Hi I have sciatic pain almost 24/7 with only short breaks between flare ups. I found that stretching the hamstrings and glutes helps to some extent.I also take neurontin it also helps sometimes.You could try ice for inflamation.PT helps if you get a good thearapist.sorry thats about it for my.02
i've had it for 5 years now, ever since my riding accident.
since mine is triggered by my piriformis, i do the following: stretches (lie on back, cross ankle on other knee, then pull knee with ankle to chest works best), meds (neurontin, muscle relaxers but not great or best solution), massage therapy, and tennis balls (lie on back and place tennis ball under middle of cheek to "work out" muscle).
surgery's not an option for me, b/c of the muscle issue.
I definitely appreciate all of the knowledge you add to the board. In regards to your piriformis syndrome, you seem to manage it well conservatively. Have you ever explored a piriformis release? If so, what kept you on the conservative track.
if you mean the "removal" of the piriformis, my dr told me he rarely saw success from that. now, i know i've seen different stories online, but i've been with my dr since 1994 and i just trust him. he would refer me if i insisted, but my WORST pain was the annular tear (10/10) and my idet has been successful to-date (9 months and counting!).
i decided i could live with the si/piriformis pain for 2 reasons: 1) not daily like the tear, and 2) not as painful (usually around a 4/10, although when it's bad it's bad, like 8/10). i figured one step at a time...deal with the worst, and if it's successful then begin to think about what to do with the rest. i also had to spend 1 winter post-idet to see how bad the si would get (cold messes it up).
you know what's funny, i don't consider any of what i've been through as part of the conservative track. it's not to say i don't know what you mean...it's just more the "epic journey" that's affected my view of what that means. i mean, my problems weren't diagnosed using "traditional" methods, some of my experiences were extremely weird, that kind of stuff.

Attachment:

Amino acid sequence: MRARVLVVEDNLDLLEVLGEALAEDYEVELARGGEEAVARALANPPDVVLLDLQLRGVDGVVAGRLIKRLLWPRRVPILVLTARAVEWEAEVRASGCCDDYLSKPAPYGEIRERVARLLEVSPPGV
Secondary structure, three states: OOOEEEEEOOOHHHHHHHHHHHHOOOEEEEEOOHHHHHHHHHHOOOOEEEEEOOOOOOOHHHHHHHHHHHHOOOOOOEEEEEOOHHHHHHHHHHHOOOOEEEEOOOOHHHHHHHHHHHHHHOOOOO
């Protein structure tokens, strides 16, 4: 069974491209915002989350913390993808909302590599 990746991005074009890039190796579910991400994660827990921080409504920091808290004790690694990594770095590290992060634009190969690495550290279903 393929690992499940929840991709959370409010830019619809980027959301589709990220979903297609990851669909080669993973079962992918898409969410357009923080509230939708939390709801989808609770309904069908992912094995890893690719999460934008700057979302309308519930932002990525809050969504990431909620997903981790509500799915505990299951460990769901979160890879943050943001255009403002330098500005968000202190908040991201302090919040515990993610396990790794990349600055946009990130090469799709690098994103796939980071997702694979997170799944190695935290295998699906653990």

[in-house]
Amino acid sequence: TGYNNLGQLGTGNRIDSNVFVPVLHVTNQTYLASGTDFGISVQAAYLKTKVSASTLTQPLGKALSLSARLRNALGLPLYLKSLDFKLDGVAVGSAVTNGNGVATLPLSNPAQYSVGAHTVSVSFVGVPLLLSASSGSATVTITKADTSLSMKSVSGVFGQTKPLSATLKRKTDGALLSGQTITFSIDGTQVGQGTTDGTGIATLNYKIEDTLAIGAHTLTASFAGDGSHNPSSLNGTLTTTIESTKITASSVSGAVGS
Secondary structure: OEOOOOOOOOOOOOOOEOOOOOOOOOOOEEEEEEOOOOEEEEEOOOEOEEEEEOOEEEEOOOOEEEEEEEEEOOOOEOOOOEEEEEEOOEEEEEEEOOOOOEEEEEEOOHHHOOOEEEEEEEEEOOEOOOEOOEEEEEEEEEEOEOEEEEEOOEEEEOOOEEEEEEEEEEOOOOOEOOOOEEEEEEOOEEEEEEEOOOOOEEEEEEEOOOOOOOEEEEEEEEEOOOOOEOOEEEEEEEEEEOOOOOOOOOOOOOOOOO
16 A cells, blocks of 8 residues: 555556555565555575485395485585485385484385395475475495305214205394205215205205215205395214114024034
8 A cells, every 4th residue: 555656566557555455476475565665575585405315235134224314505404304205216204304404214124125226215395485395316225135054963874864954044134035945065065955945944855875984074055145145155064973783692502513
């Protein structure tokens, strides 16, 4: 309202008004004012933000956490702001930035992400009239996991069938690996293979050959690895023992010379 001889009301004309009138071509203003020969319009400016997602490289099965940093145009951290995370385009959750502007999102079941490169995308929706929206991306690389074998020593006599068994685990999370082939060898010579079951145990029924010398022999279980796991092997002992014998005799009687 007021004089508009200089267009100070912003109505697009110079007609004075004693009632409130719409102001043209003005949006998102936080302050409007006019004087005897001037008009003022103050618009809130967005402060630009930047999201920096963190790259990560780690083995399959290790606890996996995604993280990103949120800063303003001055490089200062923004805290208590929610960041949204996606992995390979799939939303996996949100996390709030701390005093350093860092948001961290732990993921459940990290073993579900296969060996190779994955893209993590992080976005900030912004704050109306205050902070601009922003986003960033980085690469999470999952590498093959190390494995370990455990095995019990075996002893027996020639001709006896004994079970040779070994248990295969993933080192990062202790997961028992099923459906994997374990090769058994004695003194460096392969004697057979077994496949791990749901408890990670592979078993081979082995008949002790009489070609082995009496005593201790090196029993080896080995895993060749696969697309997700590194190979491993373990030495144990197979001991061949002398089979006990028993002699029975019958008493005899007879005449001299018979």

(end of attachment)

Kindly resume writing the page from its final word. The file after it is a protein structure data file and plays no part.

you know, release may be something i have to look into sometime...i guess i'm just hoping the techniques i've found will keep me from having to do surgery. i guess that is the real reason i've kept to the conservative track...fear of surgery. before my idet i spent 4 years feeling 85, and now i feel 35-45 (with 65 when the si/piriformis pain hits). i guess i just feel lucky i've regressed anywhere from 20 to 40/50 years!!! it's amazing how the idet has made me feel...and i'll just take that and run with it!
good luck to you, and hope all is (or turns out) well for you.
It is good to hear about positive IDET outcomes. For awhile, the docs were doing too many and were not identifying true candidates. I saw people who were put through three and four level IDETS with terrible outcomes. They everyone hears the horror stories and the treatment becomes mired in fear or the insurance companies start saying that it doesn't work.
The piriformis release is certainly not an easy procedure. I know one person in San Diego who had it and did really well. He didn't get the benefit that you do from the stretching and exercise component.